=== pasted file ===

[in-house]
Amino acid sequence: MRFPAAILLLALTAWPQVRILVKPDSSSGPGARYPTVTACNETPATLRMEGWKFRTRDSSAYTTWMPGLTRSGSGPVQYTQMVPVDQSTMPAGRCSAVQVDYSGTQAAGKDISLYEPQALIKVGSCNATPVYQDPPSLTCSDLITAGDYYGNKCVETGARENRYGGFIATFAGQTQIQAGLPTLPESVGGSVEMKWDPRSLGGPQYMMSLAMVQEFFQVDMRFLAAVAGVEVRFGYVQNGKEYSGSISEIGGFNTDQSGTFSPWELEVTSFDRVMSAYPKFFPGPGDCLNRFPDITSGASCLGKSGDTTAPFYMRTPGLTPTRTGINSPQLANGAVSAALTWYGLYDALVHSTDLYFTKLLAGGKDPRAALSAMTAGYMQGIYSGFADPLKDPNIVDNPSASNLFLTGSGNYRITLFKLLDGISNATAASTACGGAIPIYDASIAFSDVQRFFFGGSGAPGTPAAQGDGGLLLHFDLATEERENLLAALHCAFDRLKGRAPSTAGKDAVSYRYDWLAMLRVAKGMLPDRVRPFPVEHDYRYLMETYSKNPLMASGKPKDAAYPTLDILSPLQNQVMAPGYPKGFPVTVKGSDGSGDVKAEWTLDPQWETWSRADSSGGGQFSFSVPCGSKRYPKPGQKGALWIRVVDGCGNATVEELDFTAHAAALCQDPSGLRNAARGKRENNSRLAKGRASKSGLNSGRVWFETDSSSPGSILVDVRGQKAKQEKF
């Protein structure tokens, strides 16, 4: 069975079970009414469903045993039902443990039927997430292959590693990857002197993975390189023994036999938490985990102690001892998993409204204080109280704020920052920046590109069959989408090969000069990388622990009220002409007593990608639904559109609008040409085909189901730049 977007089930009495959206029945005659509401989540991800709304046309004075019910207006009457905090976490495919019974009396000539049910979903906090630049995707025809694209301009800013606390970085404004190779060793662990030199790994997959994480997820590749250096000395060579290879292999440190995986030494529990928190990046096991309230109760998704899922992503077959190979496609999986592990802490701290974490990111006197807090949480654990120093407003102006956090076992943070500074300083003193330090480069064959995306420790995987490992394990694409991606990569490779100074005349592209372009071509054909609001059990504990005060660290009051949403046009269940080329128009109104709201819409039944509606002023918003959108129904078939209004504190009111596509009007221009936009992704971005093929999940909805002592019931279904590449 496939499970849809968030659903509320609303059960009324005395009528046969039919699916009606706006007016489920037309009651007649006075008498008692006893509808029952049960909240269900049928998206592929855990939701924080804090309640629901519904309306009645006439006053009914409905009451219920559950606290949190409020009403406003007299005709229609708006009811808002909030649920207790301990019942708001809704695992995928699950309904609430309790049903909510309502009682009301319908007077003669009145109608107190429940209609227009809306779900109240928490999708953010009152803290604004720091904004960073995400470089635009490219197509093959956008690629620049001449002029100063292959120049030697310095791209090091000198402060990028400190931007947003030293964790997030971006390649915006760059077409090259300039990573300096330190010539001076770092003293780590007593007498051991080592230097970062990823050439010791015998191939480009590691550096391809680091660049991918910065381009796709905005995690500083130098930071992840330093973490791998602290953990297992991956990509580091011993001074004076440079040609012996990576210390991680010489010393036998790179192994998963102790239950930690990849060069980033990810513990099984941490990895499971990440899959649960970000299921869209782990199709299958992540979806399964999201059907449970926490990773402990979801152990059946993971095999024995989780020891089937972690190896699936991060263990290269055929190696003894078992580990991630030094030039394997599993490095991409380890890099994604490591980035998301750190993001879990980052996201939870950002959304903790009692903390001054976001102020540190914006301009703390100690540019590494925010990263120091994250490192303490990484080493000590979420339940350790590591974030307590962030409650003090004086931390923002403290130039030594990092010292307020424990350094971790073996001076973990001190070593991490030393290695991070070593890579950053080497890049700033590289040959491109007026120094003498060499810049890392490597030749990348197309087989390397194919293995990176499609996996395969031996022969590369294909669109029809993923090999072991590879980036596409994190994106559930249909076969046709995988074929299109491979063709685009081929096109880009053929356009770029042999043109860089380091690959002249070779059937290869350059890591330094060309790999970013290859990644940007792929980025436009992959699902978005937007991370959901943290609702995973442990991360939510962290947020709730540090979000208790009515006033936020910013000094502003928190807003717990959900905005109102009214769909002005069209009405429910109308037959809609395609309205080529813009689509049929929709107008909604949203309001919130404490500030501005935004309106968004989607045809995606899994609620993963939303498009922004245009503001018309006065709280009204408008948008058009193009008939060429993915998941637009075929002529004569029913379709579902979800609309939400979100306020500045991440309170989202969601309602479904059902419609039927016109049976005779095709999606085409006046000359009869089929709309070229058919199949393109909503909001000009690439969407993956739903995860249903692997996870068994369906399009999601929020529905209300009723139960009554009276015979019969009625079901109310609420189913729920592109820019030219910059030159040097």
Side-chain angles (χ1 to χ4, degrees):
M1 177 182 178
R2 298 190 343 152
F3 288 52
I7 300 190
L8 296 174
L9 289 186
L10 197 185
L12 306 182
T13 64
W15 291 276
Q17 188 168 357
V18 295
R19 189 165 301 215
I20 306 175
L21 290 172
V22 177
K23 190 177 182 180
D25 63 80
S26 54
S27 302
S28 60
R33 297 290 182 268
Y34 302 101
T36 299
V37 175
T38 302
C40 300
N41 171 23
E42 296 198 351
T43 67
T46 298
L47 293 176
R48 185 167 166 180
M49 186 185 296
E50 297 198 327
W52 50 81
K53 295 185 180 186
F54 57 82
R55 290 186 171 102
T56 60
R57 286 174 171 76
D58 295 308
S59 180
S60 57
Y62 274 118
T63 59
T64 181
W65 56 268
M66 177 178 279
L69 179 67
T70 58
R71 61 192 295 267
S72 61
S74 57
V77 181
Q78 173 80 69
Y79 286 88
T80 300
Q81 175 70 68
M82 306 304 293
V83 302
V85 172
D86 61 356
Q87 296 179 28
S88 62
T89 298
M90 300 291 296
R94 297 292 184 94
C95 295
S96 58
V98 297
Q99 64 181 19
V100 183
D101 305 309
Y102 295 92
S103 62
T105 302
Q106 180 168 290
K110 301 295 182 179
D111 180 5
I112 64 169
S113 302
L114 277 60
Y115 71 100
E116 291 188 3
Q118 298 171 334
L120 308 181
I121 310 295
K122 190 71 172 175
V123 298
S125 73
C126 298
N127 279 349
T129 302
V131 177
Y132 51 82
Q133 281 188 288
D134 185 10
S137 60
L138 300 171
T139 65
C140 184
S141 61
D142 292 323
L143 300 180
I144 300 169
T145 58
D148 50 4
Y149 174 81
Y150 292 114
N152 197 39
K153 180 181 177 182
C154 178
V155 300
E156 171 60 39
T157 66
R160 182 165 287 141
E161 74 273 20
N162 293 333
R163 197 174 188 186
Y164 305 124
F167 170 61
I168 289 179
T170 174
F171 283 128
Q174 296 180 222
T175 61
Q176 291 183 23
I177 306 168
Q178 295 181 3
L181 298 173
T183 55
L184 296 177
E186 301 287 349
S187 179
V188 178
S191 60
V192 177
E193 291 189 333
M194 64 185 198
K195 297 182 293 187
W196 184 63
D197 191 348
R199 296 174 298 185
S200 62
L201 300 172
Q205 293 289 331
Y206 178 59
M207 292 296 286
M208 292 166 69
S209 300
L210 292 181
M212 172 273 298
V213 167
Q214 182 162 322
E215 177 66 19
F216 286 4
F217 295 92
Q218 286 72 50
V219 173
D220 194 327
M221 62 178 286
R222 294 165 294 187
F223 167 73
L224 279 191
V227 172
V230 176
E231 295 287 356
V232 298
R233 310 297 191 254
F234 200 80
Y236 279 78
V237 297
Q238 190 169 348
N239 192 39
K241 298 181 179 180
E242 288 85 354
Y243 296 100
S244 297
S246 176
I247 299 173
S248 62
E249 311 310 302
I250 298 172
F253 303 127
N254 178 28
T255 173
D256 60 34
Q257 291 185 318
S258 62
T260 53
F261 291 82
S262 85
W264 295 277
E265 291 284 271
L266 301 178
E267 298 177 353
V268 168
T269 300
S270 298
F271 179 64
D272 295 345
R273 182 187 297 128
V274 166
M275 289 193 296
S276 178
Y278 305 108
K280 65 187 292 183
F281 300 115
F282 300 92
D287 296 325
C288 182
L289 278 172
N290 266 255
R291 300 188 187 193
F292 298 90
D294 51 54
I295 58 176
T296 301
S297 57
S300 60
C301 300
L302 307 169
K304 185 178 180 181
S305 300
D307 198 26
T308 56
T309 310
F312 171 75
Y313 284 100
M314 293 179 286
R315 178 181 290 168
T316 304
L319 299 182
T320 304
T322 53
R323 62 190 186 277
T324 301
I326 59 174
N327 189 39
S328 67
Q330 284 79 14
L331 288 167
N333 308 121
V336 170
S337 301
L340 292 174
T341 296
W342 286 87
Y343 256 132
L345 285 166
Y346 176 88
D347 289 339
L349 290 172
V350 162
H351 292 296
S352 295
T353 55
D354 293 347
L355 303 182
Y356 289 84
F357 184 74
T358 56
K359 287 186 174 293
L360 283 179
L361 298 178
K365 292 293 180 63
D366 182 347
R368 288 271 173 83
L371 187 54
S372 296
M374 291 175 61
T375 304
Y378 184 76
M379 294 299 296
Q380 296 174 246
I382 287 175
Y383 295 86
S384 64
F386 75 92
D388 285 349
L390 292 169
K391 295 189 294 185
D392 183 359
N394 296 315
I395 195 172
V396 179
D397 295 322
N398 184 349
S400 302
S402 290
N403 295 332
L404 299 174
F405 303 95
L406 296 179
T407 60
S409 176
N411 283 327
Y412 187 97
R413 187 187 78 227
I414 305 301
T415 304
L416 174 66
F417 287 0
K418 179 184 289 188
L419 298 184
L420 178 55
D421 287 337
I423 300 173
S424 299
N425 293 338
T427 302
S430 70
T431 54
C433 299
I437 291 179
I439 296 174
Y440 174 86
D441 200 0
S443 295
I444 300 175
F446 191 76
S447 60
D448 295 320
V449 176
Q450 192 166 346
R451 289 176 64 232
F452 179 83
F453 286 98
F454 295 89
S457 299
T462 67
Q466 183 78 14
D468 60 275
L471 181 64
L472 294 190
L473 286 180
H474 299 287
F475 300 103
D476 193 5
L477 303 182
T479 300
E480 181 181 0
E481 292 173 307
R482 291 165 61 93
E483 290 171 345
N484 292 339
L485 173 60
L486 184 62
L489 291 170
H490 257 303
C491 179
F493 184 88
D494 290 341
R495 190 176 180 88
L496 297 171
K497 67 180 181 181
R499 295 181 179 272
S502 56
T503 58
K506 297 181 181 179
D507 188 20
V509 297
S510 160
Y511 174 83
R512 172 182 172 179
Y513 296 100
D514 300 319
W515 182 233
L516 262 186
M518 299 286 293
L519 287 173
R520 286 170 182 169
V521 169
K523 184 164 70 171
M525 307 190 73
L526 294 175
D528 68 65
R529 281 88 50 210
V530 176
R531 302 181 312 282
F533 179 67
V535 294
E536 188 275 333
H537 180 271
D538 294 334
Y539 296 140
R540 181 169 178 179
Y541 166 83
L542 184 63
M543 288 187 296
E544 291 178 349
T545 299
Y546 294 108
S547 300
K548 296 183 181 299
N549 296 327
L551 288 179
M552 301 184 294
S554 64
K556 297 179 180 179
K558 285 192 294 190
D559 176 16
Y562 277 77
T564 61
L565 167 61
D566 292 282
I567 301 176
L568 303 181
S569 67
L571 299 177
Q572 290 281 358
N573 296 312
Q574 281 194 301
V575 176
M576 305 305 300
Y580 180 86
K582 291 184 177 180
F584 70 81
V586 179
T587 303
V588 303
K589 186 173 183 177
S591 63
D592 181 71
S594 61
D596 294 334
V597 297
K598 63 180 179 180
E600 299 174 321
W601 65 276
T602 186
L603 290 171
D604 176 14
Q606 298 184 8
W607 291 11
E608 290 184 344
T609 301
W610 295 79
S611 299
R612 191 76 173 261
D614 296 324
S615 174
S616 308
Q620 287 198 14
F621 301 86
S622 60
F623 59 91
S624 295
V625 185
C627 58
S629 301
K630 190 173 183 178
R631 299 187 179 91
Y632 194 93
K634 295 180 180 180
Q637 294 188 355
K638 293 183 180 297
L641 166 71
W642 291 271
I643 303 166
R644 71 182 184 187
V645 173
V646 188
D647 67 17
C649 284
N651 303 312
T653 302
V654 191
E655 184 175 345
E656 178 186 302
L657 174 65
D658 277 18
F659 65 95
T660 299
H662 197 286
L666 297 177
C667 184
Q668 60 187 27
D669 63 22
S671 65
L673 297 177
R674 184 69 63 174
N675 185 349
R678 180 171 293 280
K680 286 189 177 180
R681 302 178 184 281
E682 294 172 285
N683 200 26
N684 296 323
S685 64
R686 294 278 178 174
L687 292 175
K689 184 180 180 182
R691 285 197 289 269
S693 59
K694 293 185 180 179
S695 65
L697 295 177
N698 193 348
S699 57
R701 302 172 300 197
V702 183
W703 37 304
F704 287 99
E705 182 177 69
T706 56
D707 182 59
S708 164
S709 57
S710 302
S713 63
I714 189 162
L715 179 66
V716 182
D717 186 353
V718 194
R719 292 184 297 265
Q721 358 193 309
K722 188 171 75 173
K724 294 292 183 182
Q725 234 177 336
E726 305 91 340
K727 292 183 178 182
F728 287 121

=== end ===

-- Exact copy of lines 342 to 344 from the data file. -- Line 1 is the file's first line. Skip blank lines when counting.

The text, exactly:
H474 299 287
F475 300 103
D476 193 5